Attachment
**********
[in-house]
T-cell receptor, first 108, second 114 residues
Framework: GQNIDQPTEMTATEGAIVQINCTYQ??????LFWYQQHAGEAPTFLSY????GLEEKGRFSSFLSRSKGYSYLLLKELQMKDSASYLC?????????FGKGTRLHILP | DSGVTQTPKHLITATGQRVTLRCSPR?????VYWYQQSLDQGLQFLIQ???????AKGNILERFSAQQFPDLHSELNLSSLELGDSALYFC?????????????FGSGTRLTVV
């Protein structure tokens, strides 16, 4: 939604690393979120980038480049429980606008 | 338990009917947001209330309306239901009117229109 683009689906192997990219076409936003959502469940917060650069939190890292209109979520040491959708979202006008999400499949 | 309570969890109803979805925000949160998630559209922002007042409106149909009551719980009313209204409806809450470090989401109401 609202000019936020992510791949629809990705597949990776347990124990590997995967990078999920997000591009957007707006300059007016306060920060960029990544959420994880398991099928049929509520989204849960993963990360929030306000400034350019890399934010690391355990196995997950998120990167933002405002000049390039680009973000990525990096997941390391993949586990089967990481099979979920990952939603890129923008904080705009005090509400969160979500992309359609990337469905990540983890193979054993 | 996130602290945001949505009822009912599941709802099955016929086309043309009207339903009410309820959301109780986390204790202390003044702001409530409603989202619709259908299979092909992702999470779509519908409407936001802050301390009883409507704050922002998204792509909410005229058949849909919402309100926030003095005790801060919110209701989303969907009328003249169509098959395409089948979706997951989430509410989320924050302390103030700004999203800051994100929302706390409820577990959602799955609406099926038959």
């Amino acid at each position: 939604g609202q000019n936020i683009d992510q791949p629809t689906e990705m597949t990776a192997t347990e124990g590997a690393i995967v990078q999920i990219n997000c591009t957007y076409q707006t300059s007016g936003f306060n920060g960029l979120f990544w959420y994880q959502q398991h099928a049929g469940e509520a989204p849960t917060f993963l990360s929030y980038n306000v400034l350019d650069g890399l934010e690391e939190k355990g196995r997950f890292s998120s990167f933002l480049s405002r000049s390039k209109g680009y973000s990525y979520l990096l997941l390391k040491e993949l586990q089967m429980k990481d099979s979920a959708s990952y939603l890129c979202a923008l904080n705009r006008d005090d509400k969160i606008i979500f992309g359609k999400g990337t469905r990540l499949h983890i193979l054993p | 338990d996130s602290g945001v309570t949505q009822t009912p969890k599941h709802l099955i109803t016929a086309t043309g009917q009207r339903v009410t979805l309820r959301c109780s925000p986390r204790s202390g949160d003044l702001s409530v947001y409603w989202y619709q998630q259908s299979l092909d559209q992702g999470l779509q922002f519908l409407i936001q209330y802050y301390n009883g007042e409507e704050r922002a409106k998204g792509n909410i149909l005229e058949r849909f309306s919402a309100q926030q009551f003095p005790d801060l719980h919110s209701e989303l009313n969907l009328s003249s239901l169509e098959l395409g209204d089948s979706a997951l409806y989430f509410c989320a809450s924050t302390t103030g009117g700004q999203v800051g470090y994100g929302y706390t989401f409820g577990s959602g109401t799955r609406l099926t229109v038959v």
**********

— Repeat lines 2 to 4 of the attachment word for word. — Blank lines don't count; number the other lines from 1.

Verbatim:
T-cell receptor, first 108, second 114 residues
Framework: GQNIDQPTEMTATEGAIVQINCTYQ??????LFWYQQHAGEAPTFLSY????GLEEKGRFSSFLSRSKGYSYLLLKELQMKDSASYLC?????????FGKGTRLHILP | DSGVTQTPKHLITATGQRVTLRCSPR?????VYWYQQSLDQGLQFLIQ???????AKGNILERFSAQQFPDLHSELNLSSLELGDSALYFC?????????????FGSGTRLTVV
């Protein structure tokens, strides 16, 4: 939604690393979120980038480049429980606008 | 338990009917947001209330309306239901009117229109 683009689906192997990219076409936003959502469940917060650069939190890292209109979520040491959708979202006008999400499949 | 309570969890109803979805925000949160998630559209922002007042409106149909009551719980009313209204409806809450470090989401109401 609202000019936020992510791949629809990705597949990776347990124990590997995967990078999920997000591009957007707006300059007016306060920060960029990544959420994880398991099928049929509520989204849960993963990360929030306000400034350019890399934010690391355990196995997950998120990167933002405002000049390039680009973000990525990096997941390391993949586990089967990481099979979920990952939603890129923008904080705009005090509400969160979500992309359609990337469905990540983890193979054993 | 996130602290945001949505009822009912599941709802099955016929086309043309009207339903009410309820959301109780986390204790202390003044702001409530409603989202619709259908299979092909992702999470779509519908409407936001802050301390009883409507704050922002998204792509909410005229058949849909919402309100926030003095005790801060919110209701989303969907009328003249169509098959395409089948979706997951989430509410989320924050302390103030700004999203800051994100929302706390409820577990959602799955609406099926038959």